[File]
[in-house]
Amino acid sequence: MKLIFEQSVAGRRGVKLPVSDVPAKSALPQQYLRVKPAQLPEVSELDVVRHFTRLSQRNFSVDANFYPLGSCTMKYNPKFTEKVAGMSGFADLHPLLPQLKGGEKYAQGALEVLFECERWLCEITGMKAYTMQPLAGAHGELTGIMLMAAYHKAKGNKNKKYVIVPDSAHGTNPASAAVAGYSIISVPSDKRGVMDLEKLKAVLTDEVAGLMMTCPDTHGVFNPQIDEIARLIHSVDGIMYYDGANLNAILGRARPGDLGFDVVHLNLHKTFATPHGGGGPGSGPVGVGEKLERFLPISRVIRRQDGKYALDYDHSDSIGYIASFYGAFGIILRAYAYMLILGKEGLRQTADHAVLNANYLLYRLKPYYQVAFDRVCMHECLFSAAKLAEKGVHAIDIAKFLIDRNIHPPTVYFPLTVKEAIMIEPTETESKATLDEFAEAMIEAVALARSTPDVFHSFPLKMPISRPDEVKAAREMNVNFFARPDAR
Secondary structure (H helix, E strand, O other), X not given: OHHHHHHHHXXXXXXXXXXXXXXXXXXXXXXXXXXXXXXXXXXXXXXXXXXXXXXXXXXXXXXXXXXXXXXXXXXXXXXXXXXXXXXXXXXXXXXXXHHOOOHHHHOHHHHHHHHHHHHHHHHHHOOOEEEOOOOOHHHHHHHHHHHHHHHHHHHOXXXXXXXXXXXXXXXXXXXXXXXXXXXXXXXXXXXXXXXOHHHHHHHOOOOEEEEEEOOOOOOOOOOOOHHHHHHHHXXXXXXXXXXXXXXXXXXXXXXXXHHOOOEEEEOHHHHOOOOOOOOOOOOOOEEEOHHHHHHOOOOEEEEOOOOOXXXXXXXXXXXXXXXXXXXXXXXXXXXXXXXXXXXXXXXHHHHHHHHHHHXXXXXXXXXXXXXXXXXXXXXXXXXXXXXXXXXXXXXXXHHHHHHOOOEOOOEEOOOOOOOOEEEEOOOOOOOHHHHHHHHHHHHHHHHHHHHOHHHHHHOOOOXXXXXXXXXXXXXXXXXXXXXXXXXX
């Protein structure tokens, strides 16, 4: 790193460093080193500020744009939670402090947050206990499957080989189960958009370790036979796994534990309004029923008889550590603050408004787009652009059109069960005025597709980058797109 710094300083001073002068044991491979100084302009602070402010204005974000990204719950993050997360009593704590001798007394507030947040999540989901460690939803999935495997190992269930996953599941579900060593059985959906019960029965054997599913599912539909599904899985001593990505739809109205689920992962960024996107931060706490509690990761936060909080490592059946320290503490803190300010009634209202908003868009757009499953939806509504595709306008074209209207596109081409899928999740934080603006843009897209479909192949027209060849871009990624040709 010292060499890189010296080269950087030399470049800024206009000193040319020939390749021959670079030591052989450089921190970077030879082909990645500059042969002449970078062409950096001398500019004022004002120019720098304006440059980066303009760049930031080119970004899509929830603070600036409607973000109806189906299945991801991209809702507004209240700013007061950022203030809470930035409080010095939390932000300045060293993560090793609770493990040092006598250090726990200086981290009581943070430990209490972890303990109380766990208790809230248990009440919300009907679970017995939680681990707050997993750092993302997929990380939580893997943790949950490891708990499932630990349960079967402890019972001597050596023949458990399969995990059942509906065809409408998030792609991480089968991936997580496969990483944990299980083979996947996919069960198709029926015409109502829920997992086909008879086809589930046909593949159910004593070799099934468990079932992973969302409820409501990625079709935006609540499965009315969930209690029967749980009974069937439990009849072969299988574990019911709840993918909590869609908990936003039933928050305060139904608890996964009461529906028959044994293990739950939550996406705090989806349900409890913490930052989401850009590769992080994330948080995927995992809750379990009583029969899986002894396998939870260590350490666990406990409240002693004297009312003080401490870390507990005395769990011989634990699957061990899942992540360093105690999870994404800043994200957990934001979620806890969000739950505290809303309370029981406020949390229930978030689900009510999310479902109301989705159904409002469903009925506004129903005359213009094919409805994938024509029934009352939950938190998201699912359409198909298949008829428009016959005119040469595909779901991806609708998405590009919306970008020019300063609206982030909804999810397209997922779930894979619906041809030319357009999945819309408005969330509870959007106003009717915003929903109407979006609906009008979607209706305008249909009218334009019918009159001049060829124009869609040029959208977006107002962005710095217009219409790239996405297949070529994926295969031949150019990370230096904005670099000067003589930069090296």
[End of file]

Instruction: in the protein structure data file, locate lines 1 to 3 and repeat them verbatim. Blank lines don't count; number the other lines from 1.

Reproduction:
[in-house]
Amino acid sequence: MKLIFEQSVAGRRGVKLPVSDVPAKSALPQQYLRVKPAQLPEVSELDVVRHFTRLSQRNFSVDANFYPLGSCTMKYNPKFTEKVAGMSGFADLHPLLPQLKGGEKYAQGALEVLFECERWLCEITGMKAYTMQPLAGAHGELTGIMLMAAYHKAKGNKNKKYVIVPDSAHGTNPASAAVAGYSIISVPSDKRGVMDLEKLKAVLTDEVAGLMMTCPDTHGVFNPQIDEIARLIHSVDGIMYYDGANLNAILGRARPGDLGFDVVHLNLHKTFATPHGGGGPGSGPVGVGEKLERFLPISRVIRRQDGKYALDYDHSDSIGYIASFYGAFGIILRAYAYMLILGKEGLRQTADHAVLNANYLLYRLKPYYQVAFDRVCMHECLFSAAKLAEKGVHAIDIAKFLIDRNIHPPTVYFPLTVKEAIMIEPTETESKATLDEFAEAMIEAVALARSTPDVFHSFPLKMPISRPDEVKAAREMNVNFFARPDAR
Secondary structure (H helix, E strand, O other), X not given: OHHHHHHHHXXXXXXXXXXXXXXXXXXXXXXXXXXXXXXXXXXXXXXXXXXXXXXXXXXXXXXXXXXXXXXXXXXXXXXXXXXXXXXXXXXXXXXXXHHOOOHHHHOHHHHHHHHHHHHHHHHHHOOOEEEOOOOOHHHHHHHHHHHHHHHHHHHOXXXXXXXXXXXXXXXXXXXXXXXXXXXXXXXXXXXXXXXOHHHHHHHOOOOEEEEEEOOOOOOOOOOOOHHHHHHHHXXXXXXXXXXXXXXXXXXXXXXXXHHOOOEEEEOHHHHOOOOOOOOOOOOOOEEEOHHHHHHOOOOEEEEOOOOOXXXXXXXXXXXXXXXXXXXXXXXXXXXXXXXXXXXXXXXHHHHHHHHHHHXXXXXXXXXXXXXXXXXXXXXXXXXXXXXXXXXXXXXXXHHHHHHOOOEOOOEEOOOOOOOOEEEEOOOOOOOHHHHHHHHHHHHHHHHHHHHOHHHHHHOOOOXXXXXXXXXXXXXXXXXXXXXXXXXX